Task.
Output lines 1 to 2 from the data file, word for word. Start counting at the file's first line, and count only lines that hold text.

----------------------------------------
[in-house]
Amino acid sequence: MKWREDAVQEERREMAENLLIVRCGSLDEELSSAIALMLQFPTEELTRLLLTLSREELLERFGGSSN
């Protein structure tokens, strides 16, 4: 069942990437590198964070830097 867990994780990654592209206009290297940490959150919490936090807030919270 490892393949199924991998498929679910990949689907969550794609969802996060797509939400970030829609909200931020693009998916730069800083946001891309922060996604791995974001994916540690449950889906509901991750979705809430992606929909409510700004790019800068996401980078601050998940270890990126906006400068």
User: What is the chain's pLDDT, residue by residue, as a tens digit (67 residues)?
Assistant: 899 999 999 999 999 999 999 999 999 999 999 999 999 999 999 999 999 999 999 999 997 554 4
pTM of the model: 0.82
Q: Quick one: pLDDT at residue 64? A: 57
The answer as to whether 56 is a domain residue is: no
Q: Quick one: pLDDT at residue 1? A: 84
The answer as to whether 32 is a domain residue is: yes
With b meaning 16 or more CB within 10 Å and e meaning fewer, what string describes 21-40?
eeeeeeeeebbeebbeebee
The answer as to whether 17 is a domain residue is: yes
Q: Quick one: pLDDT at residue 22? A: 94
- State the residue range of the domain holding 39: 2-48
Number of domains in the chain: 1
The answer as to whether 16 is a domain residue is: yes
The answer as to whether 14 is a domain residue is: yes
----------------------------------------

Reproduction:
[in-house]
Amino acid sequence: MKWREDAVQEERREMAENLLIVRCGSLDEELSSAIALMLQFPTEELTRLLLTLSREELLERFGGSSN